Compared to VKAs, DOACs provide constant therapeutic efficacy and a more favorable safety profile, as well as avoidance of adverse effects from vitamin K deficiency due to their different mechanism of action. In detail, the advantages of DOACs include (i) rapid onset of action, (ii) short half-life, (iii) less drug–drug interactions and no dietary interactions, and (iv) safe antidote strategies in situations of bleeding risk. Therefore, the lower intra- and interindividual variability in the DOAC-effect allows fixed dosing and a predictable anticoagulative response without the need for continuous monitoring of the drug level in patients . Since DOACs, especially dabigatran, are eliminated to a large extent via the kidney, the renal function in patients should be routinely monitored, particularly in elderly persons due to increasing renal impairment and associated co-morbidities . In patients with renal impairment, dependent on severity, DOAC use requires dose adjustments or is contraindicated . In addition, DOAC-type anticoagulants also hold the risk of bleeding, particularly of serious intracranial hemorrhage .
In a systematic review and meta-analysis of phase III trials for stroke and systemic embolism prevention in patients with AF (2009–2013), DOACs (apixaban, dabigatran, edoxaban, rivaroxaban) showed a more favorable risk–benefit profile compared with warfarin . In addition, reductions in all-cause mortality and systemic embolic events, these agents reduced the risk of hemorrhagic stroke by 51% and the risk of intracranial hemorrhage by 52% . This favorable efficacy and safety profile was consistent with many subgroups and ethnicities including the Asian population . Conversely, dose-dependently, the risk of gastrointestinal bleeding was 25% higher with DOACs than with warfarin . Similar results were obtained in a large retrospective observational study of ca. 400,000 AF patients, based on US claims data (2013–2015) . Treatment with DOACs (dabigatran, apixaban, rivaroxaban) was associated with lower rates of stroke and systemic embolism, compared with warfarin. In addition, apixaban and dabigatran showed lower rates of major bleeding, including gastrointestinal bleeding, intracranial hemorrhage, and major bleeding at other key sites, whereas rivaroxaban had a higher rate of major bleeding, compared with warfarin . This is in accordance with results from a new-user retrospective cohort study of patients with AF and dementia (2011–2017), comparing DOAC treatment versus warfarin . DOAC-treated patients, who were older and had more comorbidities than the warfarin-treated individuals, showed similar prevention of thromboembolic events, compared to warfarin, but a reduced risk of intracranial bleeding . However, the risk of gastrointestinal bleeding was increased in the DOAC treatment .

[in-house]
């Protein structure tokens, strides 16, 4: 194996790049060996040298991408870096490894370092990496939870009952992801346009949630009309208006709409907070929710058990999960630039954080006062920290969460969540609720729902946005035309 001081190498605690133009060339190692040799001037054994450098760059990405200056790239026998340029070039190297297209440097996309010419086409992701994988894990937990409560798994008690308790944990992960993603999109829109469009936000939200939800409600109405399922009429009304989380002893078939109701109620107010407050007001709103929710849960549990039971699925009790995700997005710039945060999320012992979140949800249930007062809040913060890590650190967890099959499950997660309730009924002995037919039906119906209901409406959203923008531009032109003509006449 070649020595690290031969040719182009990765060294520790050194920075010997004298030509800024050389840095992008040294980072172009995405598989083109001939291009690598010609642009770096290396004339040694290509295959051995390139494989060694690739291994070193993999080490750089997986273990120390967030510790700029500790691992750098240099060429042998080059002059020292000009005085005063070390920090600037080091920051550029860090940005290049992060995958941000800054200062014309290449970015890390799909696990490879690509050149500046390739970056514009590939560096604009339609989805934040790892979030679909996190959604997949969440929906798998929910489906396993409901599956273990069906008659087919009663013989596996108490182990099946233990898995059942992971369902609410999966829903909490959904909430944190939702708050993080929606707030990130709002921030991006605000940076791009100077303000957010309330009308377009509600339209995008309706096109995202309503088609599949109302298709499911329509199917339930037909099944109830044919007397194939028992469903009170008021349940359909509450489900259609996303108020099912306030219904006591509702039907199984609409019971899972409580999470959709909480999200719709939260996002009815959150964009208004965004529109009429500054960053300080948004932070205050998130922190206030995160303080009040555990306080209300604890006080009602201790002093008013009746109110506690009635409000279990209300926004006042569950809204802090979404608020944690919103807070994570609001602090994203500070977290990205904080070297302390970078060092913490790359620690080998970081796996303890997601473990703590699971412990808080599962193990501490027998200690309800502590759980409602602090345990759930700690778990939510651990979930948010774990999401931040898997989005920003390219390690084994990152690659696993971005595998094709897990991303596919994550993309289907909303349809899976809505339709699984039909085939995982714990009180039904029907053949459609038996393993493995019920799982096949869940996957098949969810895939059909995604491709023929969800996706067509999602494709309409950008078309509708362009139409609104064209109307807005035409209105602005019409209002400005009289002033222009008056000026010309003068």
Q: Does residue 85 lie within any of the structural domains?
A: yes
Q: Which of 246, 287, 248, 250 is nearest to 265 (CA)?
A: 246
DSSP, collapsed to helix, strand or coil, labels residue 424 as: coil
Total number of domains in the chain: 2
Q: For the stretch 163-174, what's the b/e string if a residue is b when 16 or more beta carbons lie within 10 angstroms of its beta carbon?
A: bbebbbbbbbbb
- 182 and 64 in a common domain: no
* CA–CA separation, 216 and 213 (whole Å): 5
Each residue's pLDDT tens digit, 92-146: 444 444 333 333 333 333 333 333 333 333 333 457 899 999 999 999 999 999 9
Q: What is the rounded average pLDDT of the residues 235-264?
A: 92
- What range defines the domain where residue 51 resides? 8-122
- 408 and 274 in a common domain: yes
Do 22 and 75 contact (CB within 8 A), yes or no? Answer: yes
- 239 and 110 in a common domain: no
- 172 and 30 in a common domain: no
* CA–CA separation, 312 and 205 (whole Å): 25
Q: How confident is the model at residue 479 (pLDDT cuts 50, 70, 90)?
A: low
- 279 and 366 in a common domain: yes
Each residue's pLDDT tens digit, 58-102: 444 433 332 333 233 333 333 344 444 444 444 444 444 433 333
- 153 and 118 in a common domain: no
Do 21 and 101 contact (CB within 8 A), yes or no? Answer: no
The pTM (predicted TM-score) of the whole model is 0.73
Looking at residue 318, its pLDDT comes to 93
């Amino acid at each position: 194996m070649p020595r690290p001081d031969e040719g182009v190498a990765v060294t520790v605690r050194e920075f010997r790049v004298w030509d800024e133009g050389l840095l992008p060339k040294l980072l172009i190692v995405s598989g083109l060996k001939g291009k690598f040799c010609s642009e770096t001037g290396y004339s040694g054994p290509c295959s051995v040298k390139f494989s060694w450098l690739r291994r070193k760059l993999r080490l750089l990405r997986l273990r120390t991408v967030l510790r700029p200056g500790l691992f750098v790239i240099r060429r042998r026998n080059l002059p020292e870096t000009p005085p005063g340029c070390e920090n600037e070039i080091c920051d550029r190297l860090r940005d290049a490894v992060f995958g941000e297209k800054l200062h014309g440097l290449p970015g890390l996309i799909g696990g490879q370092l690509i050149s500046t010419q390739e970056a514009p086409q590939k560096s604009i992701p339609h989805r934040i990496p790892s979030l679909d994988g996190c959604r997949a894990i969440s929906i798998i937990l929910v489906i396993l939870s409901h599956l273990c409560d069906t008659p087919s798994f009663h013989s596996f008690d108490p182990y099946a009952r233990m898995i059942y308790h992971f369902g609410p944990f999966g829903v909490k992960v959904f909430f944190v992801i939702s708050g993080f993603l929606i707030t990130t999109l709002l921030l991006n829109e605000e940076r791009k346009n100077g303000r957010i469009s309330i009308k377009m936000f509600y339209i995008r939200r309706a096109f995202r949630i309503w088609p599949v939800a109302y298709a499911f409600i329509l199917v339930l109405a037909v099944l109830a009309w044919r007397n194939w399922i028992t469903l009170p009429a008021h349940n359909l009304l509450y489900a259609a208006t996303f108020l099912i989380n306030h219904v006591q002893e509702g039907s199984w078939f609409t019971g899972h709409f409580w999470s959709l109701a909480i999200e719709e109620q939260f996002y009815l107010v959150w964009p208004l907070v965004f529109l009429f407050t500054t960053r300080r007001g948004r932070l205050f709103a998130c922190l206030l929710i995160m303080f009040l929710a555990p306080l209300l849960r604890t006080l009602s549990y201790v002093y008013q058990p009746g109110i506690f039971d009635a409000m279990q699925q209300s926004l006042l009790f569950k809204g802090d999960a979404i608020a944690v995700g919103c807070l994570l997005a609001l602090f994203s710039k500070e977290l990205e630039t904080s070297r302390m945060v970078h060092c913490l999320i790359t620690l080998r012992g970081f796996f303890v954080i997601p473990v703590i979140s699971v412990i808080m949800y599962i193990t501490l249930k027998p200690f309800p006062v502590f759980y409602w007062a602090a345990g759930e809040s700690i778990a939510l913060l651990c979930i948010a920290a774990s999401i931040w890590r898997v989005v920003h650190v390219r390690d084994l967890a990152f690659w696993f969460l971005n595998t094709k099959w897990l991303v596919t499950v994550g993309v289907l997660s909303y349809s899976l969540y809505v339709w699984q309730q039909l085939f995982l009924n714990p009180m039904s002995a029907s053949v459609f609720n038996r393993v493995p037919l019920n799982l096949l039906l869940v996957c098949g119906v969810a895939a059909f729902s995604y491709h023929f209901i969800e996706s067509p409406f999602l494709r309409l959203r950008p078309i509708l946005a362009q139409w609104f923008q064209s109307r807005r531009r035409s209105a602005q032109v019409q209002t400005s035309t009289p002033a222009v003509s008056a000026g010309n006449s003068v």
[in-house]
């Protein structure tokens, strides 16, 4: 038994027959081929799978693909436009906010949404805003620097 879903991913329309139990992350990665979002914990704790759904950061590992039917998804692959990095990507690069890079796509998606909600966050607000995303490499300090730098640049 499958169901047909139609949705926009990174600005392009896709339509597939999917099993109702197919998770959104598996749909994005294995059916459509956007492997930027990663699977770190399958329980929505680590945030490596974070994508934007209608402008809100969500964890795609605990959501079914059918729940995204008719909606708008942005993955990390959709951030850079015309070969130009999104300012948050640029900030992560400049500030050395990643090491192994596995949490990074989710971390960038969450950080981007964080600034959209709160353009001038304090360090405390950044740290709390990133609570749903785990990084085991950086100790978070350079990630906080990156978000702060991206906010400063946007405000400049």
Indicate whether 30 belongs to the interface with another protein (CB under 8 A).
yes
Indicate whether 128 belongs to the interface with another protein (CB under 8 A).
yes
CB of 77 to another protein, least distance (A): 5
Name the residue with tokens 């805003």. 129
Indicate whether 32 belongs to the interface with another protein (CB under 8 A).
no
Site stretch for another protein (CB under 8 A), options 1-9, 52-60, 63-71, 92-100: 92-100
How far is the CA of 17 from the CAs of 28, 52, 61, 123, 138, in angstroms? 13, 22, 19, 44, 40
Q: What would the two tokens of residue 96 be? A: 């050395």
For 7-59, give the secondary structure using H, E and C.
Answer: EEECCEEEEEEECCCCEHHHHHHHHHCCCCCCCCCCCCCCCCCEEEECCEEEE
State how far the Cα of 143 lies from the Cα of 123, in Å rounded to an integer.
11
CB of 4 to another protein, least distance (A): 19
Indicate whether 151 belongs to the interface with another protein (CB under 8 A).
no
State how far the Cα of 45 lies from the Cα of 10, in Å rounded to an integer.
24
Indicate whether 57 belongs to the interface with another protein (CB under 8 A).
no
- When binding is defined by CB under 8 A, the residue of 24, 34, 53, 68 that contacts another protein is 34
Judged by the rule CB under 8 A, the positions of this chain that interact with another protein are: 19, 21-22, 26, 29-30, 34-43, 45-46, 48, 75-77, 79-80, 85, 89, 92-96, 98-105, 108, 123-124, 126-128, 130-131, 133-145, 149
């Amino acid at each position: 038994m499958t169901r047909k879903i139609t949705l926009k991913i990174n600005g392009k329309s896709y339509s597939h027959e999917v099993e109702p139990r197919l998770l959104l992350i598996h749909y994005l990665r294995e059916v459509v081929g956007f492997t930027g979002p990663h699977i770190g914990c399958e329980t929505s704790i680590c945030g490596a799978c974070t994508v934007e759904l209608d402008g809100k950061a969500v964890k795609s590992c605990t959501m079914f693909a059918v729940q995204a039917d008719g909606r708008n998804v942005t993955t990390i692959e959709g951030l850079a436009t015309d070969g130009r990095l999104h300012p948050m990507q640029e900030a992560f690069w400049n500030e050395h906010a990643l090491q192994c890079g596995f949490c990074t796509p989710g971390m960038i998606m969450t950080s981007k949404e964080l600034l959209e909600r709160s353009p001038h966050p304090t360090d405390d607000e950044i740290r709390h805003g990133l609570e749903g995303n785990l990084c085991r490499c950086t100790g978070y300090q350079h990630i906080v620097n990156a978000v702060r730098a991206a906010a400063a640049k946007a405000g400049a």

Altogether, the wide range of clinical observer studies, conducted in the last 15 years particularly in elderly individuals with AF, demonstrate that DOAC-type anticoagulants exhibit a predictable therapeutic effect in preventing stroke and systemic embolic events. In addition, DOACs show a safety profile that more than halves the risk of dangerous intracranial hemorrhage in elderly people compared to VKAs . These properties, along with their pharmacological advantages, give DOACs a clear preference over VKAs, particularly when anticoagulants are administered to elderly people, who are more vulnerable individuals. In addition, gastrointestinal bleedings, which are more likely to be promoted by DOACs compared to VKAs , can be treated better and stopped immediately after occurrence by effective antidote strategies. These strategies have been successfully developed for various DOACs in the recent years . In the case of dabigatran, the specific antidote idarucizumab (Praxbind®) was introduced in 2016 . This antibody binds to dabigatran with high affinity and leads within minutes to a rapid cancellation of the anticoagulative effect, e.g., in emergency operations or in situations of uncontrollable bleeding . In the case of the FXa inhibitors apixaban and rivaroxaban, andexanet alfa (AndexXa®) was recently approved as a fast-acting antidote . Andexanet alfa is a recombinantly modified, human FXa molecule, which itself has no effect on blood clotting. It acts as a kind of decoy protein that binds the FXa-inhibitors and thus restores blood clotting . Generally, availability of an efficient and fast acting reversal agent should be a prerequisite for a long-term anticoagulative treatment. This is especially the case in elderly and comorbid AD patients, showing inherent bleeding risk due to fragile blood vessels .